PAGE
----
With the slew of supposedly “free” credit monitoring companies sprouting up in recent years, the claims of Credit Karma may, at first, seem too good to be true. Many such companies offer “free” services (despite their fine print pointing to the contrary) but then they casually ask users to input their credit card information for reasons of security or verification, later using this to charge ridiculous fees and exploit customers who are caught off-guard. So when Credit Karma didn’t even ask me for my credit card information, I was in a mild state of shock; which I guess is not too terribly surprising.
Credit Karma offers credit scores, credit monitoring and account monitoring that is actually free and they can do this because they make their money through advertising. In this review, I will go over Credit Karma’s basic features, review its effectiveness as a service and deliver a verdict as to whether it will help you maintain a “well-kept wallet”.
Getting Set Up with Credit Karma
The sign-up process for Credit Karma is simple and can be completed in two to three minutes. While a social security number is required (this is necessary for any credit monitoring service if they are to obtain your credit information), a credit card number is never asked for. (It is important to know, also, that you cannot receive your credit score should you have a credit freeze in place).
What does Credit Karma have to offer?
Credit Karma compiles data from TransUnion, supplying users with four different scores. These include the TransRisk New Account Score, VantageScore, an Auto Insurance Score and a Home Insurance Score (see details below). In addition to offering credit monitoring and account monitoring, the site also provides users with a host of supplementary financial information about credit cards, bank accounts, bills and so on. Members can read and write reviews of related products, such as credit cards, auto loans, home loans, and life insurance plans. Advertisements of such products are what allow for the service to remain free.
Credit Score details:
TransUnion® New Account Score – This score ranges from 300 to 850. It’s calculated by TransUnion which is one of the three major credit bureaus. The New Account Score is used by lenders to assess your creditworthiness, or the likelihood that you’ll repay your debts.
VantageScore – This score ranges from 501 to 990. The VantageScore model was created through a collaboration by the three major credit bureaus: Equifax, Experian and TransUnion. It aims to make credit scoring more consistent and accurate across all the bureaus. The VantageScore grades your creditworthiness on an easy A to F letter scale.
Auto Insurance Score – This score ranges from 150 to 950. It is calculated using data from your TransUnion credit report and is used primarily by auto insurance companies to help assess the likelihood that you’ll file an insurance claim. Nit is worth noting that it is not based on your driving record.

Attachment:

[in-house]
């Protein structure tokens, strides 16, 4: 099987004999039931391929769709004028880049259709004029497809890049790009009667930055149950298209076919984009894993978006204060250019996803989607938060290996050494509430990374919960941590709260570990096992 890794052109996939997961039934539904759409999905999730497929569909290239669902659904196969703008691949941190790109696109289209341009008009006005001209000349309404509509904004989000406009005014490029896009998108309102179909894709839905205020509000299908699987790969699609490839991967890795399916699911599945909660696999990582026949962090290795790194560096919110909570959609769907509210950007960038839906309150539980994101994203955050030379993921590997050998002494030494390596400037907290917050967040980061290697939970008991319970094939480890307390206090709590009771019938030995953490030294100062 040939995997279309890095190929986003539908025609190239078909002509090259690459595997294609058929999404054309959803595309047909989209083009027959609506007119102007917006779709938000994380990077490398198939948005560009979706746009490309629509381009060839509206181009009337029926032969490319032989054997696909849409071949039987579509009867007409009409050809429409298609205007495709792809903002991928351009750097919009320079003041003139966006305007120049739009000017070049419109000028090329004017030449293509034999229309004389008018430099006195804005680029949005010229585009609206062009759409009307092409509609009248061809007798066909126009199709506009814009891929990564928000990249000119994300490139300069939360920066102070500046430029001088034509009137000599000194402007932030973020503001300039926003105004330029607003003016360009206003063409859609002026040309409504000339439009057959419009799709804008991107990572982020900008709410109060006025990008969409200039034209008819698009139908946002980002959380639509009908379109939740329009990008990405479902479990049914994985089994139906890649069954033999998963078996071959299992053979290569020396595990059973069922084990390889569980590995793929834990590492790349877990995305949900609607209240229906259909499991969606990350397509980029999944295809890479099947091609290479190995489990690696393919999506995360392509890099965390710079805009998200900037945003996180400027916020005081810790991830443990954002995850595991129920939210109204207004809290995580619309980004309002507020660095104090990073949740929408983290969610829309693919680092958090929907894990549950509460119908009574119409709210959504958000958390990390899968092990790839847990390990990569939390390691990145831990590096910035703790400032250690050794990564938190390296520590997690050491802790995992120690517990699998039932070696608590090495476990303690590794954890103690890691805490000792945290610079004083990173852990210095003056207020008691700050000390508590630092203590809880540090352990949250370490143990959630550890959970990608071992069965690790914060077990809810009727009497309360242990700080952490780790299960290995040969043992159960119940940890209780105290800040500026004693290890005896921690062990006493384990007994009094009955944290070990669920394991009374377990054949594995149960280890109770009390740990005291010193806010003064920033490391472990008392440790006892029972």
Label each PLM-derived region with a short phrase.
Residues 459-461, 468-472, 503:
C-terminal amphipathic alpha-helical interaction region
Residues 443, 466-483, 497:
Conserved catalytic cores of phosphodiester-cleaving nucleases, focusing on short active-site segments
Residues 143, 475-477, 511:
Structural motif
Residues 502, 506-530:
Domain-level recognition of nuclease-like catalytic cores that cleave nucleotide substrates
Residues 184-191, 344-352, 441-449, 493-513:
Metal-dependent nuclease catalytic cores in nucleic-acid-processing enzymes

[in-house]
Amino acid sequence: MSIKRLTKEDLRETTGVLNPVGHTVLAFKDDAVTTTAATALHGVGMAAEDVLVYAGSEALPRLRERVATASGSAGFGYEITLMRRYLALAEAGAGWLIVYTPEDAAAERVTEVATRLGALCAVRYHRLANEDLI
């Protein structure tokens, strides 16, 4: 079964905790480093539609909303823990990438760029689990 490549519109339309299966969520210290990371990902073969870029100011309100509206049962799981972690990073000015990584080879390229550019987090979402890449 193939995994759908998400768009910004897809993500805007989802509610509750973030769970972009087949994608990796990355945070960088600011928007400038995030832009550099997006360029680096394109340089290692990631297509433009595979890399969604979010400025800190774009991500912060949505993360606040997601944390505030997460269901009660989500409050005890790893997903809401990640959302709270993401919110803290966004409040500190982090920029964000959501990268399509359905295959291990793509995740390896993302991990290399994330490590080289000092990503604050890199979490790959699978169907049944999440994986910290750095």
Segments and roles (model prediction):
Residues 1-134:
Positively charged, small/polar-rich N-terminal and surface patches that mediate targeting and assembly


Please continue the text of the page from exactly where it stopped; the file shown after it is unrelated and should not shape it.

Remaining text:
Home Insurance Score – This score ranges from 150 to 950. It is calculated using data from your TransUnion credit report and is used primarily by home insurance companies to help assess the likelihood that you’ll file an insurance claim.
How does Credit Karma differ from other services?
The San Francisco-based company’s philosophy is to offer users the essential information about their credit score without the inclusion of extraneous details. The result is a design that is comparatively minimalist. While such a style might do well for some, I personally found the lack of details left much to be desired. The specific cause of one’s change in credit score isn’t readily apparent, and the report card feature – while intuitive – does not provide the level of detail which might be expected. Nonetheless, its “simulator” feature, allowing users to experiment with how financial actions may impact their credit score, is highly valuable to say the least.
Is the credit score actually free?
I must, however, give credit where credit is due (apologies for the pun), and note that Credit Karma delivers on its promises. As is affirmed all through its homepage, Credit Karma offers truly free credit scores, free credit and account monitoring and easy-to-access advice from fellow users of the service. Additional tools unrelated to credit scores such as a debt repayment calculator, home affordability calculator and amortization calculator are among several other handy services that they offer.
Is Credit Karma easy to Use?
Credit Karma’s interface is natural to use and simply designed (the colorful eye-candy is certainly a plus). And linking several services into a single UI (User Interface) saves enormous amounts of time in attempting to navigate the sheer number of areas surrounding one’s finances.
Credit Karma Review: Pros & Cons
- Easy to use interface
- Four different scores in one location (TransUnion Credit Score, VantageScore, Auto Insurance Score, and Home Insurance Score)
- Variety of financial data and tools in one location
- (Actually) free
- Not as detailed as might be expected
- Cause(s) for changes in credit score not always apparent
The Verdict on Credit Karma
Credit Karma delivers on its promise of being genuinely free. It combines a multitude of useful services and presents these in a natural, intuitive user interface. Though it is not as comprehensive as one might expect, Credit Karma provides a nice, general overview of one’s financial state of affairs. Get your free credit score from Credit Karma today.
Have you ever used Credit Karma or other credit score related sites before? If so, what was your experience like?